It is also suited to those individuals who take their training extremely seriously and want to learn more about key aspects of their own training programme.

Lastly, it is suitable for professionals from other disciplines such as physiotherapy, osteopathy, sports therapy etc who are looking to add another dimension to their practice or simply want to improve their knowledge base.


It’s not suitable for those people who feel they have nothing more to learn! Definitely don’t book unless you have an open mind and are willing to learn a LOT over the 4 days.


Firstly pay to secure your place. The programme has limited availability and the previous courses have SOLD OUT months before the course date.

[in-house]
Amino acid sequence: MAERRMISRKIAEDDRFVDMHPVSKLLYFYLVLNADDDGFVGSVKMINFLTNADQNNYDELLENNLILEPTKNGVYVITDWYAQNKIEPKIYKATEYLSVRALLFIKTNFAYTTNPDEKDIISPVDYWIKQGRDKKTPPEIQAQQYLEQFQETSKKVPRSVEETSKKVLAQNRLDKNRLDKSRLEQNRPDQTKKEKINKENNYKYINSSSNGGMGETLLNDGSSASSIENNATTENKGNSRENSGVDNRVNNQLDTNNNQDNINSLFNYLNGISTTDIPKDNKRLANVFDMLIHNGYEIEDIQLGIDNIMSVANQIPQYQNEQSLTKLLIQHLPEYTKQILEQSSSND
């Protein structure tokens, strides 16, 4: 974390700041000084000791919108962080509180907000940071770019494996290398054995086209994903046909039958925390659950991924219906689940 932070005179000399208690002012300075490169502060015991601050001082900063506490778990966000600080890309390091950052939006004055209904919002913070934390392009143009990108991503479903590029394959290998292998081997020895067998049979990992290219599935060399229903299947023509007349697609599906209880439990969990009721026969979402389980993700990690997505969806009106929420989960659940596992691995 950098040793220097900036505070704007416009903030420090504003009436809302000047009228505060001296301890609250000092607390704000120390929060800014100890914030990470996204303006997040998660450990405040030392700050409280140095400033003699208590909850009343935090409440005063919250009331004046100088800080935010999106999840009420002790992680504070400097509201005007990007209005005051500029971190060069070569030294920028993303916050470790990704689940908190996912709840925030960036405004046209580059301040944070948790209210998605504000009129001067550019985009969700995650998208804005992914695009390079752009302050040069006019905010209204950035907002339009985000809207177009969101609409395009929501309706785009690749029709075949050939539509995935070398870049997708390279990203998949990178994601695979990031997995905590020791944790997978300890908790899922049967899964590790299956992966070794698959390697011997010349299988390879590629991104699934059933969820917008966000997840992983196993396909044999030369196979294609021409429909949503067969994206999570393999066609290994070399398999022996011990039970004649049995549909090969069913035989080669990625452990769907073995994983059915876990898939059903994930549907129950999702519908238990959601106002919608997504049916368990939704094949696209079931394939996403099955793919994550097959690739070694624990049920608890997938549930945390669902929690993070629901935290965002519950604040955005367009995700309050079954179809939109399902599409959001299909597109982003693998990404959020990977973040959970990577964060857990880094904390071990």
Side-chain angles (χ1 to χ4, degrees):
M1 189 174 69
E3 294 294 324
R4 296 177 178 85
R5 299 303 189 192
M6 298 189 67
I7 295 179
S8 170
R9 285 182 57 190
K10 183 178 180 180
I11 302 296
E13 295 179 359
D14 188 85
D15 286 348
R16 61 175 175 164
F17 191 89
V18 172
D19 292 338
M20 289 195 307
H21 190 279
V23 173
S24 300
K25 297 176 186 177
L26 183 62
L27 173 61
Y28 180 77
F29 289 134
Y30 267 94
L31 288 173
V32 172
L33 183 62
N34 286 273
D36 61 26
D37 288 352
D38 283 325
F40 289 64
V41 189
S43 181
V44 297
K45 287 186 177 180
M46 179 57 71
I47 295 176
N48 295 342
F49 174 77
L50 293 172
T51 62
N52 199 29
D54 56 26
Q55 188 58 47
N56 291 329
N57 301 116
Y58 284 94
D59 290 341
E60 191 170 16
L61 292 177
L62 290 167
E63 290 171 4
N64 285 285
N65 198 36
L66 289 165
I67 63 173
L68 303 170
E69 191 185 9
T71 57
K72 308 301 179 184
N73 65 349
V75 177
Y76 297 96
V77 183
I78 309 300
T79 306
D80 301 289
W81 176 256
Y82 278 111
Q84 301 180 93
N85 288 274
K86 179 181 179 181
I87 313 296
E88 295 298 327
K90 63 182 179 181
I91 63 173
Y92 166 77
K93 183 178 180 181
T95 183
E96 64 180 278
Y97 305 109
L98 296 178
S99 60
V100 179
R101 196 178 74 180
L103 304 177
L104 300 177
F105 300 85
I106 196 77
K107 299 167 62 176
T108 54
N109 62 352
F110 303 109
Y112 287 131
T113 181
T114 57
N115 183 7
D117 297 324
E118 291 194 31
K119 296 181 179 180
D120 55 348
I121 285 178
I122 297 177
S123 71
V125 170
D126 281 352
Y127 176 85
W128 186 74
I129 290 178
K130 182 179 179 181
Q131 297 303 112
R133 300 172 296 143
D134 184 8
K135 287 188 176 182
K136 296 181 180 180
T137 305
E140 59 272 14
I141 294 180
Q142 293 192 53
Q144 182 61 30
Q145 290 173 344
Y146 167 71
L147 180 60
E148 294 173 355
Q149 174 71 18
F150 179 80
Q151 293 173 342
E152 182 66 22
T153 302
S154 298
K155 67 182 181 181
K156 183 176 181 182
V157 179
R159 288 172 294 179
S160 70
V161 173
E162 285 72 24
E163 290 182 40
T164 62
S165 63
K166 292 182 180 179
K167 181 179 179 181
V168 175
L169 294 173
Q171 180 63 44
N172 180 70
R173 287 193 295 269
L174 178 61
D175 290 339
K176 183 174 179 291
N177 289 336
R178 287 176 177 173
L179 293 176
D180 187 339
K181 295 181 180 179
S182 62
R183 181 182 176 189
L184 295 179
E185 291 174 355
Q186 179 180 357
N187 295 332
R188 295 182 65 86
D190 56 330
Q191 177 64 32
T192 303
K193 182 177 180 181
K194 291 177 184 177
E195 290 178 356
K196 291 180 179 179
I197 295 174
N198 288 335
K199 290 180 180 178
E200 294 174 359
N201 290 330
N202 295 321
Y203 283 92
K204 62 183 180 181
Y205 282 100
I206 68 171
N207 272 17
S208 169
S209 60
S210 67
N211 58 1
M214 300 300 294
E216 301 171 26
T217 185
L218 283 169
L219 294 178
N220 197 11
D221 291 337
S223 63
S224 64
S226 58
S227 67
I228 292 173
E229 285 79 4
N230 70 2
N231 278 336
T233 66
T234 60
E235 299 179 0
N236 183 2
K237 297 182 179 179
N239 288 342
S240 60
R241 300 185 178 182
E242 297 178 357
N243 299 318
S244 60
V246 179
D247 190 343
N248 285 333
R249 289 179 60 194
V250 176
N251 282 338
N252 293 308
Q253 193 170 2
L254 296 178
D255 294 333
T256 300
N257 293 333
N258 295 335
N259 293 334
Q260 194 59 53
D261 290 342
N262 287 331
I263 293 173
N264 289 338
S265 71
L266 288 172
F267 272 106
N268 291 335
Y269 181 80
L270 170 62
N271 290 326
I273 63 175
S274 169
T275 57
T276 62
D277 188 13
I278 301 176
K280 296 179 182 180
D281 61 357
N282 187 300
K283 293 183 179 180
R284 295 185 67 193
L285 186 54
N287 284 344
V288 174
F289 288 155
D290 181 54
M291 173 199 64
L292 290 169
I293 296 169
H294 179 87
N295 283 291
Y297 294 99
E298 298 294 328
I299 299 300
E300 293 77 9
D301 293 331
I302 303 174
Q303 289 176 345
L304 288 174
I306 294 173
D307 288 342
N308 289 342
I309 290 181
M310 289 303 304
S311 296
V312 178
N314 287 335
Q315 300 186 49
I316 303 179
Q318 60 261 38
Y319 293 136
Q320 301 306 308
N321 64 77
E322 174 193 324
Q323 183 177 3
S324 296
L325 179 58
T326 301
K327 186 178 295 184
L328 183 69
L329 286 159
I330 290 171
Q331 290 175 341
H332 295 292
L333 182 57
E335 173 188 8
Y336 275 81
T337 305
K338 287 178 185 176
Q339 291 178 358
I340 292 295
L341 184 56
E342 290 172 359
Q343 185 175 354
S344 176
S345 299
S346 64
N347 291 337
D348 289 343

Secondly, we’d like to know more about you. So you need to send us a short introduction about yourself and your needs.

When you register you’ll get an email with all the course details as well as a Learner Details Form to complete.


To book a place on the next course, purchase your place online here.